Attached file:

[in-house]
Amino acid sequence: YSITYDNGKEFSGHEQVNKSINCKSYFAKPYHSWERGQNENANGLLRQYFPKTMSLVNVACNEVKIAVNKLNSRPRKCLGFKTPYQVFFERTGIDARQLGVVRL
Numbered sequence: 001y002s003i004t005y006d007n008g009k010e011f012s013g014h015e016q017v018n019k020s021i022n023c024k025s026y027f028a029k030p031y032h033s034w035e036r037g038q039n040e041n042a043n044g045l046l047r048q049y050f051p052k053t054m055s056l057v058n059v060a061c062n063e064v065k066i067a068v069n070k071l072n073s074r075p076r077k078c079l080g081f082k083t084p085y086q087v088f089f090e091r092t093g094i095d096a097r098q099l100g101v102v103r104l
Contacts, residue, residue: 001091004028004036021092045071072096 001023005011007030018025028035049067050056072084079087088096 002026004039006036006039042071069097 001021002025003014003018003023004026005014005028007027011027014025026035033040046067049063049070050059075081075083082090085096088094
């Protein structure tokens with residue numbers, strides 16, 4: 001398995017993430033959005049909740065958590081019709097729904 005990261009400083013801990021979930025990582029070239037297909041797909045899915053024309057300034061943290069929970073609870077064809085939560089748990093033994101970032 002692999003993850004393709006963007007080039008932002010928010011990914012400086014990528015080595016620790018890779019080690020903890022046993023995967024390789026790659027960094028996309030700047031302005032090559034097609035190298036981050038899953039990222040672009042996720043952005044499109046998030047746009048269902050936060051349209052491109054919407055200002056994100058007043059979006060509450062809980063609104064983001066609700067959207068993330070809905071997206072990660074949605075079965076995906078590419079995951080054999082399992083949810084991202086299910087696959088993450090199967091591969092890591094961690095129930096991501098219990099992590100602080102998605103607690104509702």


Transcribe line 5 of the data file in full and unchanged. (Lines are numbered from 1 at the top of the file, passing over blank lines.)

């Protein structure tokens with residue numbers, strides 16, 4: 001398995017993430033959005049909740065958590081019709097729904 005990261009400083013801990021979930025990582029070239037297909041797909045899915053024309057300034061943290069929970073609870077064809085939560089748990093033994101970032 002692999003993850004393709006963007007080039008932002010928010011990914012400086014990528015080595016620790018890779019080690020903890022046993023995967024390789026790659027960094028996309030700047031302005032090559034097609035190298036981050038899953039990222040672009042996720043952005044499109046998030047746009048269902050936060051349209052491109054919407055200002056994100058007043059979006060509450062809980063609104064983001066609700067959207068993330070809905071997206072990660074949605075079965076995906078590419079995951080054999082399992083949810084991202086299910087696959088993450090199967091591969092890591094961690095129930096991501098219990099992590100602080102998605103607690104509702």